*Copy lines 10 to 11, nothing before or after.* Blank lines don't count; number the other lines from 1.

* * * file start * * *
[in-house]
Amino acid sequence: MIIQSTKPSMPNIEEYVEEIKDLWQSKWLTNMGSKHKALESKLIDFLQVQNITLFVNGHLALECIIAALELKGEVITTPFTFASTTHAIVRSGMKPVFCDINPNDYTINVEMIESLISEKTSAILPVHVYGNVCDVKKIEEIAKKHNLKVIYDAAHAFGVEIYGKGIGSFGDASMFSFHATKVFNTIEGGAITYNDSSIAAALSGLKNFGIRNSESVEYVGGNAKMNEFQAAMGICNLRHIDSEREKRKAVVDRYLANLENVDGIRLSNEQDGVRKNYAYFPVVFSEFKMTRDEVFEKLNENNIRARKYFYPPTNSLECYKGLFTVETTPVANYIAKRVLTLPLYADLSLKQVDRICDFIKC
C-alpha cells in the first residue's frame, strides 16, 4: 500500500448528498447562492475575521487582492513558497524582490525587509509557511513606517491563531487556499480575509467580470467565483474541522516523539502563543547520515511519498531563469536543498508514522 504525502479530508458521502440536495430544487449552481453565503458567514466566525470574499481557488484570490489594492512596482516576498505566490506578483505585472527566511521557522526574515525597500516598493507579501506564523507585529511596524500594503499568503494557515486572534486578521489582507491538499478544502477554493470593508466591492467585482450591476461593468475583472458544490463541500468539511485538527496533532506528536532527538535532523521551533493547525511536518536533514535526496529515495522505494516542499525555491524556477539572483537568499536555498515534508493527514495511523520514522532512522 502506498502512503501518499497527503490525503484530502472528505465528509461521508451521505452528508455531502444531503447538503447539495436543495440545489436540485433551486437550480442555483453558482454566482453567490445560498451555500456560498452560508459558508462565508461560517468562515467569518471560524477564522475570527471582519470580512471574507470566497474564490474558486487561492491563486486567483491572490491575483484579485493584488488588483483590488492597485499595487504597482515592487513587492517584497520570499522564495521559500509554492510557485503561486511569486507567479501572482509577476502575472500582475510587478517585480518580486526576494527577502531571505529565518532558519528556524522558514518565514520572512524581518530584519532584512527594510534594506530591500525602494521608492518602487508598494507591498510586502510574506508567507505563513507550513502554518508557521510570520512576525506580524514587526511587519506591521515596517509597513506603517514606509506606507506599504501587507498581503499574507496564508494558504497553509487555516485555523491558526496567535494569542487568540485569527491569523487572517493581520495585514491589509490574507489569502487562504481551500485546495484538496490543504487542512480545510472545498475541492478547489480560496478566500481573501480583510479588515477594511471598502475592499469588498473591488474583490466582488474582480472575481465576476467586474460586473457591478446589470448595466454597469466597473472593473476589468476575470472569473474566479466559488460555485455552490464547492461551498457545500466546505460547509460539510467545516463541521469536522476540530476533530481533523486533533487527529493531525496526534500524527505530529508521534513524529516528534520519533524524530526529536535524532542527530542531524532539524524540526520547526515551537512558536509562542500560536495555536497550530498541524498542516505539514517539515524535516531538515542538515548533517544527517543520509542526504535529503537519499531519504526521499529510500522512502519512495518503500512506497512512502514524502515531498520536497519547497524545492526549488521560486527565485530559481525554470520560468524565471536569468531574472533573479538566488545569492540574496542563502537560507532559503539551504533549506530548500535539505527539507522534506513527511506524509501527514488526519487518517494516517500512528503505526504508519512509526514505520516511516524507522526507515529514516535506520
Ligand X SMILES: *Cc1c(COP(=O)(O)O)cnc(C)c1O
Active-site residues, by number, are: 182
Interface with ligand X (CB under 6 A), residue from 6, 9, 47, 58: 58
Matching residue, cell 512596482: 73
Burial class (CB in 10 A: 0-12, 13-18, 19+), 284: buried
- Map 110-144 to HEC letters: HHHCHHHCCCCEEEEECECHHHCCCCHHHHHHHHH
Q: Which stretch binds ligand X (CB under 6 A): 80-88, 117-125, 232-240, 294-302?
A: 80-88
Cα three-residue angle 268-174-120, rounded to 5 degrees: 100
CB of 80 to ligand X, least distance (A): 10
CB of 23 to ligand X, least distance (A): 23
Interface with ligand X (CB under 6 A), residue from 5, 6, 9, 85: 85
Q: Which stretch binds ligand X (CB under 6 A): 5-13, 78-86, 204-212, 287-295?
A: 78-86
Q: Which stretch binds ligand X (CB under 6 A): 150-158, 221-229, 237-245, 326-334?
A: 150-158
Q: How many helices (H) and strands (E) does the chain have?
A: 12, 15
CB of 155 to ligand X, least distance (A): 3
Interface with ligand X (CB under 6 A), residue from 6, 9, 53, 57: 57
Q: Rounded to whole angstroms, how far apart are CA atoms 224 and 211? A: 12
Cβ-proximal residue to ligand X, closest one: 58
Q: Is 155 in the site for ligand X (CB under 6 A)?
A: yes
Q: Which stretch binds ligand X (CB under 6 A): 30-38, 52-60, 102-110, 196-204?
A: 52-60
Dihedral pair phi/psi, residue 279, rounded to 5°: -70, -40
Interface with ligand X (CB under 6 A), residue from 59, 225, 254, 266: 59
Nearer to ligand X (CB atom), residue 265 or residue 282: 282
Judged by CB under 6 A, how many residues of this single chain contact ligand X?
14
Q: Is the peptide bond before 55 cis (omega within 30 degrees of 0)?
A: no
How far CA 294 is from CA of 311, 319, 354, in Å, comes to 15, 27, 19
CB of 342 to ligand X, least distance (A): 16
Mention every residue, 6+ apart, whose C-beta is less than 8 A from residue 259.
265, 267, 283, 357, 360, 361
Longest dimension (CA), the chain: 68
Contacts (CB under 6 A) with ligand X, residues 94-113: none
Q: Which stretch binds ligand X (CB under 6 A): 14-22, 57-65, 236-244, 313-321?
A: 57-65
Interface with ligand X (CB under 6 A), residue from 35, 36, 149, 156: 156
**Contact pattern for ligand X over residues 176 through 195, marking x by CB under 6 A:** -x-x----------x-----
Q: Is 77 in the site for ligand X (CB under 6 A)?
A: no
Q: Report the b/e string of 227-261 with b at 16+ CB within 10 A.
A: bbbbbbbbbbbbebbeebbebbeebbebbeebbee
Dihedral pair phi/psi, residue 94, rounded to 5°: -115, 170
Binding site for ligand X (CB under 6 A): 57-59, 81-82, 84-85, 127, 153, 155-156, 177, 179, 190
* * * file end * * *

Q: Which stretch binds ligand X (CB under 6 A): 80-88, 117-125, 232-240, 294-302?
A: 80-88